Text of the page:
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Rick Wilmot of Lodi used a Canon EOS 7D Mk II to photograph an apricot tree just starting to bloom in his backyard. The red of the buds and the white of the lone blossom stands out against a deep blue sky.

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Sydney Spurgeon of Stockton used a Nikon D500 DSLR camera to photograph a sunset on the deep water channel in Stockton. She captured the golden glow after the sun sank below the horizon. Above that, the sky turns to a pale blue and proceeds to change to a deep indigo the higher in the frame it goes. To finish it off Spurgeon positioned a tree in the foreground as a silhouetted frame to the scene.

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Oran Schwinn of Stockton used a Canon EOS Rebel T6 DSLR camera to photograph a his Siamese fighting fish “Triton’ in a fish bowl at his home. Schwinn captured the pale yet iridescent fish’s scales and large circular highlight in the background created by the bowl’s curvature.

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Mike Ratekin of French Camp used a Canon 5D Mk III to photograph his granddaughter Josephine Ceja playing a youth soccer game in Ceres with the blue of her and her teammates uniforms providing the primary color in the shot.

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A photo gallery of all the pictures sent it is at recordnet.com. A new Readers Photo Challenge assignment will be issued on March 8.

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The frustrating nomenclature of photography

Photography has its own jargon and some of the terms can be obscure and confusing, which may be why some people find photography challenging to learn and even off putting.

I recently watched a video in which husband-wife photography team Tony and Chelsea Northrup take common photography terminology to task (https://fstoppers.com/humor/are-common-photography-terms-dated-and-stupid-218633). In the video, the Northrups suggest that the terms, some of which date back to nearly the beginning of photography, are not only archaic but confusing as well.

F/stops are a logarithmic doubling or halving of the lens aperture. The Northups say that the term “stop”, the setting from one aperture opening to the next, is confusing. My guess is that it probably stems from the lens indents which marked the settings. When turning the aperture ring there would be a definite click and the ring would stop at each click. Apertures on modern lenses are now controlled from digital displays on the camera, no clicking or stopping involved. I think a more accurate term would be “step” to represent from one full setting to another.

Related to the “stop” is the actual f/stop scale which is counterintuitive. The smaller numbers (f/2.8, f/4, etc) represent the larger aperture openings, while the larger numbers (f/16, f/22. etc.) correspond to the smaller openings.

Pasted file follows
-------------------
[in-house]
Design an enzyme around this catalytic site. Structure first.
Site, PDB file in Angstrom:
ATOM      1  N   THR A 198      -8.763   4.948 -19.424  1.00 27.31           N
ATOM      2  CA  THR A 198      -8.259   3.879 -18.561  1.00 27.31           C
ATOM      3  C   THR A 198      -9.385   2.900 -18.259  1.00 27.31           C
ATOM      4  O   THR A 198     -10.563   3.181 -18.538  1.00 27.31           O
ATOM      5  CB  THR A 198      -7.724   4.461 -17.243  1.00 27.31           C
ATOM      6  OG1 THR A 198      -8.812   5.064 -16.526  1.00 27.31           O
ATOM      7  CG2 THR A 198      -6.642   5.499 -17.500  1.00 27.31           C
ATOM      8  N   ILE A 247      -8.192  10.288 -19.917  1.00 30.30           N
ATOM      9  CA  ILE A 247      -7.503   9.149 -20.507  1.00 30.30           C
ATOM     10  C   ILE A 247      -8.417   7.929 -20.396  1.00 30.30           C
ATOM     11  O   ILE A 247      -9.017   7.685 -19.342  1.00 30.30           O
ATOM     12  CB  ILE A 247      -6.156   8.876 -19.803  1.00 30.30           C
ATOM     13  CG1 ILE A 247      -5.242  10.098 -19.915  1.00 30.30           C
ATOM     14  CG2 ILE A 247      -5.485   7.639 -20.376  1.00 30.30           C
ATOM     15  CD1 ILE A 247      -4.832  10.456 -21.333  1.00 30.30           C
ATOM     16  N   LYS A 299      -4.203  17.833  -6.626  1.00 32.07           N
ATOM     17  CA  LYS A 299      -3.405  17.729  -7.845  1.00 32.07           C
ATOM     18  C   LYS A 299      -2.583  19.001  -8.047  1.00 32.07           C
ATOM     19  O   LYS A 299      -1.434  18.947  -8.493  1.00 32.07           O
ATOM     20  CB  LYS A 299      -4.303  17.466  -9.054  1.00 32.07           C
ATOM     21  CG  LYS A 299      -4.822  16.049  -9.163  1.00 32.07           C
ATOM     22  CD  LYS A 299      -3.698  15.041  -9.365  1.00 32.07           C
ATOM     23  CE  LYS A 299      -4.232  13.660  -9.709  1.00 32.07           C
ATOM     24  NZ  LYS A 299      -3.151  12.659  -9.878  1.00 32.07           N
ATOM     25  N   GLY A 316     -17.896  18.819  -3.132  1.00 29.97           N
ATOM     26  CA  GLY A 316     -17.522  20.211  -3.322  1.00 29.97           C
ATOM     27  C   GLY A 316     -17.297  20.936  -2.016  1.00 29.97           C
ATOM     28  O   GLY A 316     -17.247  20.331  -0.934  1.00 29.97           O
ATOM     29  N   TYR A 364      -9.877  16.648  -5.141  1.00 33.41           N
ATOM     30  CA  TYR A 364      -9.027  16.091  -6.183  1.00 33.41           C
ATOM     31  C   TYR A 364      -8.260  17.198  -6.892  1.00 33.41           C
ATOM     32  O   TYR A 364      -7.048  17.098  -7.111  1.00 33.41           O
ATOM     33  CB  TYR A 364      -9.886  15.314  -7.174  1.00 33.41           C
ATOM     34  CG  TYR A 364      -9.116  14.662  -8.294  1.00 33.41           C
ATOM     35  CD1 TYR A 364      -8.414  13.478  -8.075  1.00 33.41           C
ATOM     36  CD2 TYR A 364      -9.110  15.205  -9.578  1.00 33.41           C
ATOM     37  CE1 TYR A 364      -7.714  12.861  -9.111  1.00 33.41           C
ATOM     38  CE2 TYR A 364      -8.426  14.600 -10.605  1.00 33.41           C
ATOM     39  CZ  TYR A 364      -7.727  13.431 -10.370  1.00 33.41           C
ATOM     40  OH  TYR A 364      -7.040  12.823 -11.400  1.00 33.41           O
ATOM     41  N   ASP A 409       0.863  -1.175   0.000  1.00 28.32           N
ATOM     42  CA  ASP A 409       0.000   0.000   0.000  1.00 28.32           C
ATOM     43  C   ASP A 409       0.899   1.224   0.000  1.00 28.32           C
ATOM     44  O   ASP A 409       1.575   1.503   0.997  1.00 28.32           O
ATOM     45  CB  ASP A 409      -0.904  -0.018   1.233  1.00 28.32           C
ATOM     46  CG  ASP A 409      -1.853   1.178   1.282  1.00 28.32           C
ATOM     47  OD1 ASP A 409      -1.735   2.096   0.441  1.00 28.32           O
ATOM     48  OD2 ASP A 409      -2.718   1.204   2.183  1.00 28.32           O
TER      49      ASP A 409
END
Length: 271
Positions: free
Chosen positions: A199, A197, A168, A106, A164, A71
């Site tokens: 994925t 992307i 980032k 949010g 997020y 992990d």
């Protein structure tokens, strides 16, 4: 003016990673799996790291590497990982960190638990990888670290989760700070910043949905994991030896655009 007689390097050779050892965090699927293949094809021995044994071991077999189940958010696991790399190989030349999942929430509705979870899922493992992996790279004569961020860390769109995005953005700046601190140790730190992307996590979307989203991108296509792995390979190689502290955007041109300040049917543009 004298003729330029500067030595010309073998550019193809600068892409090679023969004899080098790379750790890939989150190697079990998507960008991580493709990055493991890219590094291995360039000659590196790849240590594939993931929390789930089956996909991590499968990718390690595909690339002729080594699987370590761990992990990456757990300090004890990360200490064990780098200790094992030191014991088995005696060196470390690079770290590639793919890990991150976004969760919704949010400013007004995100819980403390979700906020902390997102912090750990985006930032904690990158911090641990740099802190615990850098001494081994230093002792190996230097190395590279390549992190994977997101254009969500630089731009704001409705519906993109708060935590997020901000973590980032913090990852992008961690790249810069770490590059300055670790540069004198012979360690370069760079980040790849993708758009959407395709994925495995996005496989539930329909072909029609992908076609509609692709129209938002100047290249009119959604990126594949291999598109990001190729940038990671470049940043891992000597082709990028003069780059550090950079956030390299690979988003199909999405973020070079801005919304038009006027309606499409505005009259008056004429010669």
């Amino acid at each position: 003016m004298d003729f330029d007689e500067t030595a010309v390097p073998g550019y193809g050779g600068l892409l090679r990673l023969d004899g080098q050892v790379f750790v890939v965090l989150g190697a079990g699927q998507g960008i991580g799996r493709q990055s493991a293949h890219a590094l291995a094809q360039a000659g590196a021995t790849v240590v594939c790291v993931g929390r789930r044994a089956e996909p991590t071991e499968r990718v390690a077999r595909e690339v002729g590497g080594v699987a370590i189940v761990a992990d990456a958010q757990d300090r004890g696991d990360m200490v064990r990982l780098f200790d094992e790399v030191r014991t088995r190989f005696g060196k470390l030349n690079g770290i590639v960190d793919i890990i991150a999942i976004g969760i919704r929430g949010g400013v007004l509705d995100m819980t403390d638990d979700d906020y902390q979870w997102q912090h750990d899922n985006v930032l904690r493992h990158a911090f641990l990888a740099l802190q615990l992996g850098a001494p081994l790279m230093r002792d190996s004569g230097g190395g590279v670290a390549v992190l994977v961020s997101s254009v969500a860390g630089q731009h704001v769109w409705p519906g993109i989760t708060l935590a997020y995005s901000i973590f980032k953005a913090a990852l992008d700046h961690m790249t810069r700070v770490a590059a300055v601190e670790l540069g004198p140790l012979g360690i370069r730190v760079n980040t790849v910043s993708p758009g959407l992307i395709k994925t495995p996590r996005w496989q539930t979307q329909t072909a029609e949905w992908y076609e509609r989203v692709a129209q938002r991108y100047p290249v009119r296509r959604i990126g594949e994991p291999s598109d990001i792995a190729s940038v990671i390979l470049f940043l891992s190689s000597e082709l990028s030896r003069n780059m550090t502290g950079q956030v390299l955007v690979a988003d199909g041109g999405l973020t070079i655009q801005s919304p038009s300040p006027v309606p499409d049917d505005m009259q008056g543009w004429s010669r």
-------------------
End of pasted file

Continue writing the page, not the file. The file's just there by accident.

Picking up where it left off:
Lenses that allow more light through or films that are more sensitive to light are called “fast,” which is ambiguous at best. The Northrups suggest that a better word would be “bright.”

Focal length refers to lens size but not very accurately. While a 300mm lens is longer than a 24mm one, both can be physically longer or shorter than their actual numbers. They actually refer to the angle of view that each lens provides. Depending on the imaging device, 2 lenses of different focal lengths can have the same angle of view. But the Northups didn’t offer an alternative for the term.

ISO refers to the light sensitivity of your camera (or film). It stands for the International Organization of Standardization, so really the acronym should be IOS, but there is a further twist. The organization picked ISO because they reasoned that the acronym would be different in different languages so they actually picked the word “iso,” which is Greek for “equal.”

They also take to task “depth of field.” It’s the distance, from front to rear, that’s in focus in the photo. The Northrups suggest that “depth of sharpness” is a more accurate, less confusing term. I think “depth of focus” can also serve the same purpose.

While I agreed with most of the Northrups’ complaints, there were a couple where I differed from them.

They proposed that “exposure time” replace the term shutter speed. I don’t think that’s necessary, the original seems to be pretty self explanatory (the speed at which the shutter falls) but how we refer to it can change. For a faster shutter we often say “raise your shutter speed” which sounds like you’re actually adding more time but in reality it means you’re using a setting that’s smaller fraction of time. I think describing shutter speeds as shorter or longer would be more accurate.

The Northrups don’t like the term “exposure triangle” for the relationship between aperture, shutter speed and ISO. They believe that it doesn’t take into account the fact that you can add light via a flash. But I think the triangle is a simple and accurate way to represent the link between the 3 factors.

All of theses terms are ingrained in photography and have endured for more than 150 years. But it is now the digital age and photography and the desire to learn more about it has become much more widespread, so perhaps over time people will come to change and accept a more clear and understandable terminology.

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Good moon rising

On January 31 the country was witness to a rare celestial event and I was determined to photograph it. A so-called “super blue blood moon” occurred in the wee hours of the morning of the month’s last day.